Oxygen’s Guide to Building the Perfect Home Gym - Oxygen Magazine

Oxygen’s Guide to Building the Perfect Home Gym

A one-time investment in the right equipment will allow you to create a fitness space you can access 24/7.
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jump rope

Daylong meetings, driving the kids to and from school, and errands galore — it’s no wonder most people don’t go to the gym nearly as often as they anticipated when they first signed up for their membership. But leading a busy lifestyle doesn’t let you off the hook for skipping your workouts. With the right equipment, you can actually get your heart pumping and sweat glands dripping right from the comfort of your very own home.

“Exercise should not be tied to a location,” says Mike Clancy, a certified personal trainer and co-founder of FitLink, a fitness design and concierge service for residential and commercial properties. “Ultimately, you can make a workout out of just about anything. While there are perks and appeal to having access to a fancy gym, you can certainly create an effective workout regimen in your home, backyard or garage. In fact, having a space to exercise that is within close proximity makes it even easier to sneak in a workout on those days when the weather isn’t welcoming or your to-do list is a mile long.”

While you can choose to spend as much or as little as you want outfitting the home gym of your dreams, it doesn’t have to break the bank to be effective.

Down and Dirty

If you’re tight on space or budget, start with these space savers that are easy on the wallet. The total of these items costs roughly the same as most yearlong gym memberships, but it’ll pay for itself by year two.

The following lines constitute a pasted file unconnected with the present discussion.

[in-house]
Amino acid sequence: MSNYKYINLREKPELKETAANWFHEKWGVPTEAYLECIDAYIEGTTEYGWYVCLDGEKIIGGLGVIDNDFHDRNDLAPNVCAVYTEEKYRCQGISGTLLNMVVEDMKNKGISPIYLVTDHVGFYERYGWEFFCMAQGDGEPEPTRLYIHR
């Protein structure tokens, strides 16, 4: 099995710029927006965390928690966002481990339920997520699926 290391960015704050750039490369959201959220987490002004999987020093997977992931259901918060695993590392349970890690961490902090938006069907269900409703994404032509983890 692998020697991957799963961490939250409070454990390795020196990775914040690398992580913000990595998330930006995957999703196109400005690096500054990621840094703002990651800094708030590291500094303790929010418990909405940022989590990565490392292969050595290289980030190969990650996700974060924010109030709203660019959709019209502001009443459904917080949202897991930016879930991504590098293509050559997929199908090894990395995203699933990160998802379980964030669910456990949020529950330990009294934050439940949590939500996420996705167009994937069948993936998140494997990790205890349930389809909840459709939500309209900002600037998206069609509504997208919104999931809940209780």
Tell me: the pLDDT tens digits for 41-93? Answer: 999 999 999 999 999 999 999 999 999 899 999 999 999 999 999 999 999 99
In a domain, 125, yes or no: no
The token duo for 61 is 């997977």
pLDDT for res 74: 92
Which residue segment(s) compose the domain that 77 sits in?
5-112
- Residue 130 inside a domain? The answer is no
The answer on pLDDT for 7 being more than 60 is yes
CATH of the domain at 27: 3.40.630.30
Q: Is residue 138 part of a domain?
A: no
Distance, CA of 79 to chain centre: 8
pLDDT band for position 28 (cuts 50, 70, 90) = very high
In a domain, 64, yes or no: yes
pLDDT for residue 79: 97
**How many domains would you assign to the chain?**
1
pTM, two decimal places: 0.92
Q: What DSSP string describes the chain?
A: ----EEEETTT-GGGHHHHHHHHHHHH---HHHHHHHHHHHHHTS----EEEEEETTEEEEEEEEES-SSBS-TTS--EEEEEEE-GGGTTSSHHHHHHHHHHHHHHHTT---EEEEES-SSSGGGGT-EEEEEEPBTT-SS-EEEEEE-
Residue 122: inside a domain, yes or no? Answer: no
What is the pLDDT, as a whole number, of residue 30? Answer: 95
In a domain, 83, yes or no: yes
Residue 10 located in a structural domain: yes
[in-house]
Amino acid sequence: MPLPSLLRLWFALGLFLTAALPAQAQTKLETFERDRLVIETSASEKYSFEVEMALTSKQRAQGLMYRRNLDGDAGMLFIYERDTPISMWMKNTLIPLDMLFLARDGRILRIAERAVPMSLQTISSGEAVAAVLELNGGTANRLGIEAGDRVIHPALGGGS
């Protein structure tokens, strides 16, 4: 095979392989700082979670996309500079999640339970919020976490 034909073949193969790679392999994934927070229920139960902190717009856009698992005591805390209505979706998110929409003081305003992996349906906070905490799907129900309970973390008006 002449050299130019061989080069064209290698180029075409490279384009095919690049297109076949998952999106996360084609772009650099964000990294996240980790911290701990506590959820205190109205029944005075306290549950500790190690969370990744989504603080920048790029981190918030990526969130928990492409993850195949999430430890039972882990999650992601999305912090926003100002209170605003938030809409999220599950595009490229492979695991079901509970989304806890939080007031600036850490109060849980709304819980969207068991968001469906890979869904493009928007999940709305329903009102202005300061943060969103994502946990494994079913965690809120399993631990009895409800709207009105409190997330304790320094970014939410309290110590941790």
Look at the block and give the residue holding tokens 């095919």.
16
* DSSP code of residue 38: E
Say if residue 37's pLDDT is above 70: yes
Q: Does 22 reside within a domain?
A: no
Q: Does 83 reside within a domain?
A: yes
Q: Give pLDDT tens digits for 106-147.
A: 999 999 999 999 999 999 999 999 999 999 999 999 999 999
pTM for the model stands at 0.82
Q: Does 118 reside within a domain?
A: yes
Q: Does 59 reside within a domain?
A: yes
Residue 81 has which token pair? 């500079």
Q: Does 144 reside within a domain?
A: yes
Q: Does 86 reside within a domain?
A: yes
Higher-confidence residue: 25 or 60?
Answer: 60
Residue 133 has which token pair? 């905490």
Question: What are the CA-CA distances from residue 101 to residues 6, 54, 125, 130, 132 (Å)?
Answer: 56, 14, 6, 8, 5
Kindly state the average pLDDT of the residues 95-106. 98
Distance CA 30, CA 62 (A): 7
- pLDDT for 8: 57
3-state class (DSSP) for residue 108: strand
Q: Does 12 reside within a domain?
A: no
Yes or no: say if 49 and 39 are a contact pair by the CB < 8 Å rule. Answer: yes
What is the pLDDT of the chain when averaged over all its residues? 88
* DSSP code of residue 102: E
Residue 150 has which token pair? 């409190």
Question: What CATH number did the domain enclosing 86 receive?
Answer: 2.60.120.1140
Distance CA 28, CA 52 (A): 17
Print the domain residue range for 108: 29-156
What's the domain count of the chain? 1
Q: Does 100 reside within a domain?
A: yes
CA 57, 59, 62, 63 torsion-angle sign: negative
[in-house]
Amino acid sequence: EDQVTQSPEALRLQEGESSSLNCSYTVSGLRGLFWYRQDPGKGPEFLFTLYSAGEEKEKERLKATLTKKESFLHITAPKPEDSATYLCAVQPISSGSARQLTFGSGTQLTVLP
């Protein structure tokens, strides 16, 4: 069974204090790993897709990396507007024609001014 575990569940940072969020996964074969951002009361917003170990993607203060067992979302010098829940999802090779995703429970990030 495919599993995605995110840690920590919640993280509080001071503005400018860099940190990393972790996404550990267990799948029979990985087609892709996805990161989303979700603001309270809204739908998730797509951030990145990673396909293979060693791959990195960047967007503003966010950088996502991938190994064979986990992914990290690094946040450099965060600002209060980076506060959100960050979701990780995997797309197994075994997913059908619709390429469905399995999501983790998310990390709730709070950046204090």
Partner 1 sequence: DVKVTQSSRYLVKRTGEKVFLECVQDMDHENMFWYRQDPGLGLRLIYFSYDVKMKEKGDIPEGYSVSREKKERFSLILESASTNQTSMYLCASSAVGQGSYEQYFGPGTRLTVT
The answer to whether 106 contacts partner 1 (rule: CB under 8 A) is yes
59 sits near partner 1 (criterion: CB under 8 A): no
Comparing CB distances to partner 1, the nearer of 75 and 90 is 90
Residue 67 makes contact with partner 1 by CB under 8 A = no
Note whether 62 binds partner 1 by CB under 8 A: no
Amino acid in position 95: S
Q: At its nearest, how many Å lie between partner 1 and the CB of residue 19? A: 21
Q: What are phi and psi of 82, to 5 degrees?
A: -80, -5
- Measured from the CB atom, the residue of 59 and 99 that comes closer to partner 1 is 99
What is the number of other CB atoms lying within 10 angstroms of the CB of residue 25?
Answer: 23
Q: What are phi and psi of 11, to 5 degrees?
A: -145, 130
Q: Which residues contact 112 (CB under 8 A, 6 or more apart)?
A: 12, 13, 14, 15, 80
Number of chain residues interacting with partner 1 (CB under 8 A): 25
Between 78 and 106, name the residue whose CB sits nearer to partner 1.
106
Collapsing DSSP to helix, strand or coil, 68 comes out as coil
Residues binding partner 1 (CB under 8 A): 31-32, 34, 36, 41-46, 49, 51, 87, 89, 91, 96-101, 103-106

• Jump rope. This low-cost piece of equipment builds leg and cardio stamina in short bursts. Price: Starts at $10 
  • Resistance bands. Choose a package that comes with at least three colors, for virtually unlimited variations of resistance. Price: Starts at $10 
  • TRX Home2 System. This TRX Suspension Trainer takes functional training to the next level with adjustable foot cradles and a one-year subscription to the dynamic TRX app, which features audio coaching and cueing for the ultimate total-body workout. The app works with popular wearables and features 80-plus workouts across a wide breadth of modalities, including yoga and high-intensity interval training. Price: $199.95
  • Kettlebells. Kettlebells are extremely versatile, which makes them a great tool. “You can swing, clean and snatch them for in-home cardio with a strength component, and you can use them to perform a wide variety of weight-training exercises such as weighted carries, deadlifts, squats, lunges, windmills and more,” says Melody L. Schoenfeld, MA, CSCS, who has been a trainer for 20 years, has held American powerlifting records in all three lifts, competes in strongman, and performs old-time strongman feats of strength such as tearing phone books and bending steel. “Get one pair you can press, another pair you can squat and a third pair you can deadlift.” Price: Starts at $15 and increases based on weight 
  • Pull-up bar. Pull-up bars are great not only for pull-ups and chin-ups but also for building hanging grip strength, hanging leg raises and hanging scapular depression. If you aren’t interested in bolting a pull-up bar into a doorway or if you need to work your way up to traditional pull-ups, try a portable version like My Work Horse. Designed by strength and conditioning coach and chiropractic sports physician Dr. Len Lopez, this bar allows you to do inverted pull-ups, which work the muscles between the shoulder blades. Inverted pull-ups are what “knee push-ups” are to a regular push-up, and they let you offload some of your bodyweight so you can do the exercise properly. Price: $99.95